The crypto community divides all cryptocurrencies into two main types: coins and tokens. Coins are divided into groups according to distinctive features: Bitcoin and altcoins; originals and hard forks; pseudonymous and anonymous. Tokens are divided into two main types: utility and security tokens. If you are wondering how one kind of token differs from another, this article is for you.
Tokens VS. Coins
There is a significant difference between coins and tokens. A coin is a cryptocurrency that has its own blockchain. A token is a cryptocurrency created on a “foreign” blockchain, for example, Ethereum, Binance Smart Chain, Tron, and others. There are thousands of tokens; they are created daily, literally by pressing one button. The price depends on the marketing and PR of the company and ultimately on supply and demand. In some cases, a token is an analog of a company's stock, and its value depends on the success of this company.
Utility tokens are designed to solve issues unrelated to investments and settlements outside the project. Such a token is created based on a third-party blockchain platform, and an internal currency (in millions of units) is issued according to its standard. The most common platforms developers create tokenized projects on are Ethereum with the ERC-20 standard, BSC with the BEP-20 standard, and TRON with the TRC-20 standard.
Utility tokens are limited in use. They only provide access to the services or functions of the project. They can be compared to tickets, tokens in vending and slot machines, and fuel coupons. The supervisory authorities do not perceive this type of token as a threat to the markets or the monetary system, so they do not even spend their efforts controlling their issuance and circulation.
Utility tokens are distributed via an Initial Coin Offering (ICO). The initial coin offering is a crowdfunding campaign on the cryptocurrency market, analogous to an IPO in stocks. Startups launch ICOs to raise money for a new project, application, etc. Utility tokens have a clear goal — to ensure work in the network. These tokens don’t have investment value. However, the greater the demand for the protocol, the higher the token's price and the project as a whole.
Security tokens are digital analogs of securities that certify ownership and give owners the right to realize their investment interests (the right to shares, dividends, profit shares, etc.). These rights are recorded in a smart contract. By buying ordinary shares, an investor invests in a company in anticipation of its capitalization growth and profit. In fact, a person acquires a share in a business to receive dividends. In addition, certain types of shares grant the right to vote at the general meeting of the owners of the company.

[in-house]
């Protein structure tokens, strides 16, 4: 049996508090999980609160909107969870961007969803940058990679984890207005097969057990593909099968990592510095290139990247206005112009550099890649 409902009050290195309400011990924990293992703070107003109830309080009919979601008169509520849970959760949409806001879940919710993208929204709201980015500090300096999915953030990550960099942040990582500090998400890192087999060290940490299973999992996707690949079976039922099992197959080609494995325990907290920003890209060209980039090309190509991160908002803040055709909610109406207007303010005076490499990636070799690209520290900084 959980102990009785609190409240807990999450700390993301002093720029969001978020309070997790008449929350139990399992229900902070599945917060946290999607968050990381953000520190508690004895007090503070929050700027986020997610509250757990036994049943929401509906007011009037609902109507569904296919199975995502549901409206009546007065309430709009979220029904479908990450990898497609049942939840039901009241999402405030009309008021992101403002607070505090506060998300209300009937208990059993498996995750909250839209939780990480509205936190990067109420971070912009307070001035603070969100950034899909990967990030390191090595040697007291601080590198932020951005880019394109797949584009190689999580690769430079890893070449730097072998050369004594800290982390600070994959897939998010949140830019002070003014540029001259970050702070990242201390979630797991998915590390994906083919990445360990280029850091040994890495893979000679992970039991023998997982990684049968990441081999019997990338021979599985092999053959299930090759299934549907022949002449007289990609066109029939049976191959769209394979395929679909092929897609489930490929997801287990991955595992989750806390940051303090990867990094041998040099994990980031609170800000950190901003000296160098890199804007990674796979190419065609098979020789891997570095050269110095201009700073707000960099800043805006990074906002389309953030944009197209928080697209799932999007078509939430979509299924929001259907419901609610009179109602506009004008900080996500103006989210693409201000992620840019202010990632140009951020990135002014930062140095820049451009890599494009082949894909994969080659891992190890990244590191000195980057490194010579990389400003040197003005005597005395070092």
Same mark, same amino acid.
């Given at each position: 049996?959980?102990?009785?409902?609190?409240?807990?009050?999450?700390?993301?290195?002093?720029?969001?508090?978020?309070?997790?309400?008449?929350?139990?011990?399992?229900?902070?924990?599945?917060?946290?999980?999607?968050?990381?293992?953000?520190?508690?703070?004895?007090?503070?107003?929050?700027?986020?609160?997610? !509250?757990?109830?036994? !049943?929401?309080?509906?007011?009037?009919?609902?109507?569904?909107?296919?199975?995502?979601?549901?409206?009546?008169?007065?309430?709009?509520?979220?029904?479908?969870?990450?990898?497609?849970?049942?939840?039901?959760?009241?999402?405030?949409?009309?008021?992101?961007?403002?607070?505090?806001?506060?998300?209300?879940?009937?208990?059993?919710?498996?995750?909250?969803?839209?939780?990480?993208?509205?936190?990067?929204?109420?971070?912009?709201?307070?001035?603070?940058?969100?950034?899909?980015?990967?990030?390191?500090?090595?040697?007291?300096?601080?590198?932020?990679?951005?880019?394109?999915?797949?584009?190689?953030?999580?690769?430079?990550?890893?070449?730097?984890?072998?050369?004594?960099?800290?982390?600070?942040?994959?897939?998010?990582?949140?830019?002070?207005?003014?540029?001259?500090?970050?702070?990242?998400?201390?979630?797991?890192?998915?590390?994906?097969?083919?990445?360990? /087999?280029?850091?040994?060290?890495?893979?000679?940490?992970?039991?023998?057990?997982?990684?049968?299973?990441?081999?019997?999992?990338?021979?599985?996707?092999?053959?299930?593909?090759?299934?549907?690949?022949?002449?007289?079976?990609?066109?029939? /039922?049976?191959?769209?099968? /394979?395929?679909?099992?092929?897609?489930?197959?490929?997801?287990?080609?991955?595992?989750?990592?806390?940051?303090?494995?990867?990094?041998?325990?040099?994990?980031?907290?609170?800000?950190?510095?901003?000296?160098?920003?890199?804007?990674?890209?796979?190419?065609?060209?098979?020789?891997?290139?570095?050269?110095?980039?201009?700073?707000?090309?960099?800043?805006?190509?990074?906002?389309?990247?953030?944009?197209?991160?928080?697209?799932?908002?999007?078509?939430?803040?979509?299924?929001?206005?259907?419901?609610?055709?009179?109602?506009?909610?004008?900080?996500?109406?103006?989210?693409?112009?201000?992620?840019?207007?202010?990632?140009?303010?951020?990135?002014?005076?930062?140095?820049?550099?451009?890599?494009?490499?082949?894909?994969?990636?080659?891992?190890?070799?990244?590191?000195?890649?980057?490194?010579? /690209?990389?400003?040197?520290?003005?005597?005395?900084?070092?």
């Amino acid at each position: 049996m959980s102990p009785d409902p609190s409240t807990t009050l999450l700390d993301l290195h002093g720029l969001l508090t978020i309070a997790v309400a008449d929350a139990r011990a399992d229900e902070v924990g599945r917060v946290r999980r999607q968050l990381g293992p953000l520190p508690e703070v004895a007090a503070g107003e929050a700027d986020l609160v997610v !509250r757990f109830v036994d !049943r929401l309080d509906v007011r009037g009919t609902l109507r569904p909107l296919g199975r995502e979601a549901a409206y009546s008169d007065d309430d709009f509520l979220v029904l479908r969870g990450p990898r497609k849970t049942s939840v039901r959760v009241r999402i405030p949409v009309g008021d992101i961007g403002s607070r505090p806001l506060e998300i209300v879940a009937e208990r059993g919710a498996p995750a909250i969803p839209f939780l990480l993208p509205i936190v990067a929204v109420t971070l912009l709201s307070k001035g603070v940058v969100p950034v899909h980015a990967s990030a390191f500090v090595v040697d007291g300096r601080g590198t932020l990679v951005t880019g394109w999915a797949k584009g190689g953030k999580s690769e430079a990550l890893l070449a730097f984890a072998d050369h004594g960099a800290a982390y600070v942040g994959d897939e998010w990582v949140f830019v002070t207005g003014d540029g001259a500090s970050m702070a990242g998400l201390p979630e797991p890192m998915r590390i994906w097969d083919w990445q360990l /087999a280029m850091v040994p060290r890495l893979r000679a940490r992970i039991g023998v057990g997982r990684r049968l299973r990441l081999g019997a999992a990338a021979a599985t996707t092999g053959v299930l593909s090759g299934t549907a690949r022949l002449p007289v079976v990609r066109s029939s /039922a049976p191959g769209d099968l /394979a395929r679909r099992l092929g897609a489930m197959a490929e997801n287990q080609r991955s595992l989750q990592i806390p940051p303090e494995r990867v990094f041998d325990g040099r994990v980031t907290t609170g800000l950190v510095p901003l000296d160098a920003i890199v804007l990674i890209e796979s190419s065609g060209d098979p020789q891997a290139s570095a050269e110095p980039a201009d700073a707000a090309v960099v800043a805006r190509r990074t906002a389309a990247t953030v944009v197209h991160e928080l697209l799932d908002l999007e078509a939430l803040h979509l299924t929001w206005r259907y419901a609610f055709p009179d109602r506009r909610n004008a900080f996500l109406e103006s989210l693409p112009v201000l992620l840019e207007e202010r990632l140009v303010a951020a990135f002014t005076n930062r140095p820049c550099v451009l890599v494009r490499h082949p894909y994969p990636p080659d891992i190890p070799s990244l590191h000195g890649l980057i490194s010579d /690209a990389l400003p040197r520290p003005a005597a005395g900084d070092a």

Security tokens work similarly. They prove that the investor owns part of the company that issued the token.
This type of token can also grant its holders the right to decide on the project, product, and function. Investors can influence events within the framework of the project’s activities: the introduction of a new function, changes in token distribution models, and even the reconstruction of the governance system.
The most popular platforms for issuing security tokens are Ravencoin and Polymath.
Companies that issue security tokens promise their buyers (investors) the distribution of further profits or the right to a project share. The turnover of security tokens occurs following the legal norms of financial regulators in various countries, for example, the U.S. Securities and Exchange Commission (SEC) or the Swiss Financial Market Supervisory Authority (FINMA).
Security tokens are distributed via Security Token Offering (STO). STOs involve the issuance of digital assets in full compliance with the requirements of securities legislation. This should provide a higher degree of protection of investors’ rights and reduce regulatory risks for token issuers.
As you can see, despite being seemingly identical from a technical point of view, security and utility tokens function according to radically different economic models. Due to strict regulation, investments in security tokens are safer and potentially profitable. On the other hand, utility tokens can also act as an investment tool. For example, users participating in the ICO can get tokens at a low price, and if the project is successful, they can sell tokens much more expensive. On the other hand, if the project fails, investors suffer losses.
Therefore, to minimize risks, it is recommended not only to understand what kind of token to invest in but also to study the team carefully, the tokenomics of the project, and its prospects.
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